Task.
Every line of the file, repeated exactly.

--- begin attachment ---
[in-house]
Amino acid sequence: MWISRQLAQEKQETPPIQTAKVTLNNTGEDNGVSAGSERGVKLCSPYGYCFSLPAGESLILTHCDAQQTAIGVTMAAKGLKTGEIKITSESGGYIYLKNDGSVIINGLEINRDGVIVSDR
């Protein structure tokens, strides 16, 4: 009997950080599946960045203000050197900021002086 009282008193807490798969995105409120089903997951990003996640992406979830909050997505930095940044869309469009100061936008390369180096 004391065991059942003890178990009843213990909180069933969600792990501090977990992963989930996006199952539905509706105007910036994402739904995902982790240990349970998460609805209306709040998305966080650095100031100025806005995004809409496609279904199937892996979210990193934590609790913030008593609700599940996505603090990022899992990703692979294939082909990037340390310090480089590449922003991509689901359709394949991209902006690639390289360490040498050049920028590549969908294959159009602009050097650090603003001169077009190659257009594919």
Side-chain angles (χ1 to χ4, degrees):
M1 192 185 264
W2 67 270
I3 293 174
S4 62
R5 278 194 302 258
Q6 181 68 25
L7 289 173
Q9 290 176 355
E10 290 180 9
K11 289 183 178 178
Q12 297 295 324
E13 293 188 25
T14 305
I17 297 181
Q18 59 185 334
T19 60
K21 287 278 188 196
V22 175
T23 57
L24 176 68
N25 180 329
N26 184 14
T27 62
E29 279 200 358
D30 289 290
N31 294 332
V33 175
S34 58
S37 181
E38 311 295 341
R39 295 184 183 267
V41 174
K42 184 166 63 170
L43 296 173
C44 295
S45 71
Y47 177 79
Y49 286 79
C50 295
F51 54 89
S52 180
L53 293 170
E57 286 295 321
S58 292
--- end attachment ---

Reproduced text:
[in-house]
Amino acid sequence: MWISRQLAQEKQETPPIQTAKVTLNNTGEDNGVSAGSERGVKLCSPYGYCFSLPAGESLILTHCDAQQTAIGVTMAAKGLKTGEIKITSESGGYIYLKNDGSVIINGLEINRDGVIVSDR
């Protein structure tokens, strides 16, 4: 009997950080599946960045203000050197900021002086 009282008193807490798969995105409120089903997951990003996640992406979830909050997505930095940044869309469009100061936008390369180096 004391065991059942003890178990009843213990909180069933969600792990501090977990992963989930996006199952539905509706105007910036994402739904995902982790240990349970998460609805209306709040998305966080650095100031100025806005995004809409496609279904199937892996979210990193934590609790913030008593609700599940996505603090990022899992990703692979294939082909990037340390310090480089590449922003991509689901359709394949991209902006690639390289360490040498050049920028590549969908294959159009602009050097650090603003001169077009190659257009594919």
Side-chain angles (χ1 to χ4, degrees):
M1 192 185 264
W2 67 270
I3 293 174
S4 62
R5 278 194 302 258
Q6 181 68 25
L7 289 173
Q9 290 176 355
E10 290 180 9
K11 289 183 178 178
Q12 297 295 324
E13 293 188 25
T14 305
I17 297 181
Q18 59 185 334
T19 60
K21 287 278 188 196
V22 175
T23 57
L24 176 68
N25 180 329
N26 184 14
T27 62
E29 279 200 358
D30 289 290
N31 294 332
V33 175
S34 58
S37 181
E38 311 295 341
R39 295 184 183 267
V41 174
K42 184 166 63 170
L43 296 173
C44 295
S45 71
Y47 177 79
Y49 286 79
C50 295
F51 54 89
S52 180
L53 293 170
E57 286 295 321
S58 292